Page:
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Definition of orthogonal vectors, sets, and subspaces; properties and benefits.

Recall that a set S is a basis for a subspace X if [ S ] = X and S has linearly independent elements. If S is a basis for X then each x X is uniquely determined by ( a 1 , a 2 , ... , a n ) such that i = 1 n a i s i = x . In this sense, we could operate either with x itself or with the vector a = [ a 1 , ... a n ] = R n . One would wonder then whether particular operations can be performed with a representation a instead of the original vector x .

Example 1 Assume x , y X have representations a , b R n in a basis for X . Can we say that x , y = a , b ?

For the particular example of X = L 2 [ 0 , 1 ] , S = { 1 , t , t 2 } so that [ S ] = Q , the set of all quadratic functions supported on [ 0 , 1 ] . Pick x = 2 + t + t 2 and y = 1 + 2 t + 3 t 2 . One can see then that if we label s 1 = 1 , s 2 = t , s 3 = t 2 , then the coefficient vectors for x and y are a = [ 2 1 1 ] and b = [ 1 2 3 ] , respectively. Let us compute both inner products:

x , y = 0 1 x ( t ) y ( t ) d t = 0 1 ( 2 + t + t 2 ) ( 1 + 2 t + 3 t 2 ) d t = 187 20 9 . 35 , a , b = 2 + 2 + 3 = 7 .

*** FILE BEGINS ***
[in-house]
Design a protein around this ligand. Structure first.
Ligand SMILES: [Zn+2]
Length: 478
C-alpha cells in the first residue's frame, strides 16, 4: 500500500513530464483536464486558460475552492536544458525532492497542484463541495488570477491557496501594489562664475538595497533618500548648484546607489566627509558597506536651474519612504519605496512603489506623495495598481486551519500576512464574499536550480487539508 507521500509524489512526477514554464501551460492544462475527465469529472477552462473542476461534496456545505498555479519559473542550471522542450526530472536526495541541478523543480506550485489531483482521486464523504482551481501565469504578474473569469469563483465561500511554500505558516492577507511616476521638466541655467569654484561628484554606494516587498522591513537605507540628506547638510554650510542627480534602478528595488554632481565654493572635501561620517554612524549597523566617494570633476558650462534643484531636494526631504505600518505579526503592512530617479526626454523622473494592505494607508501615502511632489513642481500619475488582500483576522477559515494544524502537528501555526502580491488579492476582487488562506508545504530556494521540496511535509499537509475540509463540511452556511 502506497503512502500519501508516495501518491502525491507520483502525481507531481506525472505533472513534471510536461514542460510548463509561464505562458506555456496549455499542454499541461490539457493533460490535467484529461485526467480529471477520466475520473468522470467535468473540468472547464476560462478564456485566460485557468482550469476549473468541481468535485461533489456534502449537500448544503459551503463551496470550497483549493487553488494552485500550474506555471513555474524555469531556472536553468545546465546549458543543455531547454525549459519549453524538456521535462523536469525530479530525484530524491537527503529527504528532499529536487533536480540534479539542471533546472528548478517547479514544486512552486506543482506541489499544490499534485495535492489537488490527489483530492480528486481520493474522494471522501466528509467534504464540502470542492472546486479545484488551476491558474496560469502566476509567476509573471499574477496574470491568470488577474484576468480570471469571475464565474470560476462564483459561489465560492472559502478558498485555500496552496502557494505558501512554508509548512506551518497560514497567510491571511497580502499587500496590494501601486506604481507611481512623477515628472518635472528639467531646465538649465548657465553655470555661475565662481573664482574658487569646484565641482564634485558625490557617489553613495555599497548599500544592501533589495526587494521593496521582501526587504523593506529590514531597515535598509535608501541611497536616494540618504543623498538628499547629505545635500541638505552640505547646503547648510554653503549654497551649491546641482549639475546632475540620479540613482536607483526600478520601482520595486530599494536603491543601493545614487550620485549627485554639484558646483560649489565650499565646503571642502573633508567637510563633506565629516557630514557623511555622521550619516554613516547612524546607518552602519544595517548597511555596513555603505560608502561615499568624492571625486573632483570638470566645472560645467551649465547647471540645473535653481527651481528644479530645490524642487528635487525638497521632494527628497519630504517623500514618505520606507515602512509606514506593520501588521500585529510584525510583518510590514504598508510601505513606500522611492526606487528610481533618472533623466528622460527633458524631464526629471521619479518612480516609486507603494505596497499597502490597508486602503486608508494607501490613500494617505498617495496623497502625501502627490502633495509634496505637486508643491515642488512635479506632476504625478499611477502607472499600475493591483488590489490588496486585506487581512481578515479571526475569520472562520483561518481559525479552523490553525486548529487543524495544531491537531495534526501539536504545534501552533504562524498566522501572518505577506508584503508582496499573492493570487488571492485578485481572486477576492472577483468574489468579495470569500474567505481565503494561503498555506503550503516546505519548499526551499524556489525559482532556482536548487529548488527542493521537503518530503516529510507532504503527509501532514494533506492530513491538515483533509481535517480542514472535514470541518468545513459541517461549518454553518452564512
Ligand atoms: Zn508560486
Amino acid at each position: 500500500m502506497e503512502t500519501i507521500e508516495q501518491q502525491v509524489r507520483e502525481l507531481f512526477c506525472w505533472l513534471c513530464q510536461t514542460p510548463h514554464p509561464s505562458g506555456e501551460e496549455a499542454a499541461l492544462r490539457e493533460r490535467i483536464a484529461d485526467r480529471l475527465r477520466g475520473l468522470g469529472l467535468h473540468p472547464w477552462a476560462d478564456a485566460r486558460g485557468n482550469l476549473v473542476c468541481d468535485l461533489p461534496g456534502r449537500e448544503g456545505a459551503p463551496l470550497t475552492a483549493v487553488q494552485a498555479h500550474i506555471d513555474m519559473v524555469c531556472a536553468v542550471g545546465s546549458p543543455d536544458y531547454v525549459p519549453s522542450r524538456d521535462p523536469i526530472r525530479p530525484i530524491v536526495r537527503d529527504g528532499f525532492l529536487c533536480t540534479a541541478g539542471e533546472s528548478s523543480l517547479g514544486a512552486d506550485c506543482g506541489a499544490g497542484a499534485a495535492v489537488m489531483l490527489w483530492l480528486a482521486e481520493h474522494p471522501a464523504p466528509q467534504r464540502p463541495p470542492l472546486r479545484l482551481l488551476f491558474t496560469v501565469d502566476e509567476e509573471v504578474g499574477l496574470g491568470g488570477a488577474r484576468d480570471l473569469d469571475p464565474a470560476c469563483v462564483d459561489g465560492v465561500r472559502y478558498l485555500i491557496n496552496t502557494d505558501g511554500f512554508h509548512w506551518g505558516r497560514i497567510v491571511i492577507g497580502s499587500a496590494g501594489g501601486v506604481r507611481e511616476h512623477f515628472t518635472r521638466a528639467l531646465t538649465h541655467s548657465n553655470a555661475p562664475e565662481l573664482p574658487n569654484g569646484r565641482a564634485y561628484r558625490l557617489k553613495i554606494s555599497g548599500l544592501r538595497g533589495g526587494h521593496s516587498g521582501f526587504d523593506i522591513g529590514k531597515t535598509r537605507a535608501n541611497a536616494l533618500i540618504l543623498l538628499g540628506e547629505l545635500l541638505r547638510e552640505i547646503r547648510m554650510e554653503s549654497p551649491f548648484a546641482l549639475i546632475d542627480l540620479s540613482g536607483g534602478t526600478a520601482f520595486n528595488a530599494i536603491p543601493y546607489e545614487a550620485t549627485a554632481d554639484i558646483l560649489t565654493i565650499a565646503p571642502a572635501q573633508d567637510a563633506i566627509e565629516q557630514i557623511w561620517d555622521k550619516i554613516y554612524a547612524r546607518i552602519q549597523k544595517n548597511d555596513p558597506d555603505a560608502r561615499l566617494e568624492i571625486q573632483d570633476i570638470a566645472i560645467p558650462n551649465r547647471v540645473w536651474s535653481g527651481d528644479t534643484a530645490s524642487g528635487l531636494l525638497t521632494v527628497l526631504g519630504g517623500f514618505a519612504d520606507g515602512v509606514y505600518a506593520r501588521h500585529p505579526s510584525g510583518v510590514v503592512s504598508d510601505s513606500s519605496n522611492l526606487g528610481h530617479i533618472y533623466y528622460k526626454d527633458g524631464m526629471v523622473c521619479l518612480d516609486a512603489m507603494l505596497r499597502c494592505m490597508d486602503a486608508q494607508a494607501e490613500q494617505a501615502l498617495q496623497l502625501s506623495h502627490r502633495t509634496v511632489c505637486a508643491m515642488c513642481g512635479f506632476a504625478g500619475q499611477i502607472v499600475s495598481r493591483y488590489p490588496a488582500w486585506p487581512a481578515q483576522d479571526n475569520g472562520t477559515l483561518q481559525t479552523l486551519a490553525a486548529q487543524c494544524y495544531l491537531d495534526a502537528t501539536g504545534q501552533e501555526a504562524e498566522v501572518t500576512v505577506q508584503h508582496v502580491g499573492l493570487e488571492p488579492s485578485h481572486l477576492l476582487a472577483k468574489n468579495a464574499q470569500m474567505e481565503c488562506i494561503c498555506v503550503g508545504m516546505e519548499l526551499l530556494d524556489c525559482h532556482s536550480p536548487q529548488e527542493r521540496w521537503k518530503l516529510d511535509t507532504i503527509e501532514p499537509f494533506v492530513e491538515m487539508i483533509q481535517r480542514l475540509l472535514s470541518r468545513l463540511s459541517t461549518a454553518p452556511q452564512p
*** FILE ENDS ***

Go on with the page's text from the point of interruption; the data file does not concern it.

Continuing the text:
Since 7 9 . 35 , we find that we fail to obtain the desired equivalence between vectors and their representations.

While this example was unsuccessful, simple conditions on the basis S will yield this desired equivalence, plus many more useful properties.

Several definitions of orthogonality will be useful to us during the course.

Definition 1 A pair of vectors x and y in an inner product space are orthogonal (denoted x y ) if the inner product x , y = 0 .

Note that 0 is immediately orthogonal to all vectors.

Definition 2 Let X be an inner product space. A set of vectors S X is orthogonal if x , y = 0 for all x , y S , x y .

Definition 3 Let X be an inner product space. A set of vectors S X is orthonormal if S is an orthogonal set and s = s , s = 1 for all s S .

Definition 4 A vector x in an inner product space X is orthogonal to a set S X (denoted x S ) if x y for all y S .

Definition 5 Let X be an inner product space. Two sets S 1 X and S 2 X are orthogonal (denoted S 1 S 2 ) if x y for all x S 1 and y s 2 .